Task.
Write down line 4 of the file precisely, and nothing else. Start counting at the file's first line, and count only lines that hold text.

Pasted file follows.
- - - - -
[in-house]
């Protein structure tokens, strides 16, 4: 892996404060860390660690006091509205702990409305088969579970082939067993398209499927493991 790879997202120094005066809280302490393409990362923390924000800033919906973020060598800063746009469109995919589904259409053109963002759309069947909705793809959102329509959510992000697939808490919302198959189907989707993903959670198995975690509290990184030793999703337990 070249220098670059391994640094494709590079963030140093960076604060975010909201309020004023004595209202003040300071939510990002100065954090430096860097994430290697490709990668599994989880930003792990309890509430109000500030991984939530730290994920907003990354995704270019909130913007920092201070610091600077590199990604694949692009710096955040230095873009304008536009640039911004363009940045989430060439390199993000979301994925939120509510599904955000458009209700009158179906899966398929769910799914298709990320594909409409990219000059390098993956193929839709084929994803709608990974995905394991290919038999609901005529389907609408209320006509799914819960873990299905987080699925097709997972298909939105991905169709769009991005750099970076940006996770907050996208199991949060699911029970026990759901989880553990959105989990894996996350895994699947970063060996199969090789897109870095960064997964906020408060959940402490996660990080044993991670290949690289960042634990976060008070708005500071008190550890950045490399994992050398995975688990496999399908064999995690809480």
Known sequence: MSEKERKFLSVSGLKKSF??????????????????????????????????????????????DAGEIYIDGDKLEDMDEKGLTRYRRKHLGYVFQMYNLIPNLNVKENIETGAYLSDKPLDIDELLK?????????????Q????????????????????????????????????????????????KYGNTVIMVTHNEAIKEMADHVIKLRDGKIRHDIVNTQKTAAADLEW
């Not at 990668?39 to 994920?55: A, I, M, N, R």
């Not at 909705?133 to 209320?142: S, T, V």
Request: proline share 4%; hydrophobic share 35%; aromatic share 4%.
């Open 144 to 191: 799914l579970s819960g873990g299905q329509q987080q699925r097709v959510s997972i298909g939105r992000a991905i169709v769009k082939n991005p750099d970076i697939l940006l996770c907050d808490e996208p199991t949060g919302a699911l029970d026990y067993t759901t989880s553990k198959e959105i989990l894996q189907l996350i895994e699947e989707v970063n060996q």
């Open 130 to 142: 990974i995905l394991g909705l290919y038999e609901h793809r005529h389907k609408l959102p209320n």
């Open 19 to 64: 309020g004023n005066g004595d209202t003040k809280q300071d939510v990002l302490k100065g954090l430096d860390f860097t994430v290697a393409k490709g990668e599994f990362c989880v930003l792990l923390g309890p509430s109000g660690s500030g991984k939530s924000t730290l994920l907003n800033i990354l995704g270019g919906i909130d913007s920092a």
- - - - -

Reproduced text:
């Not at 990668?39 to 994920?55: A, I, M, N, R």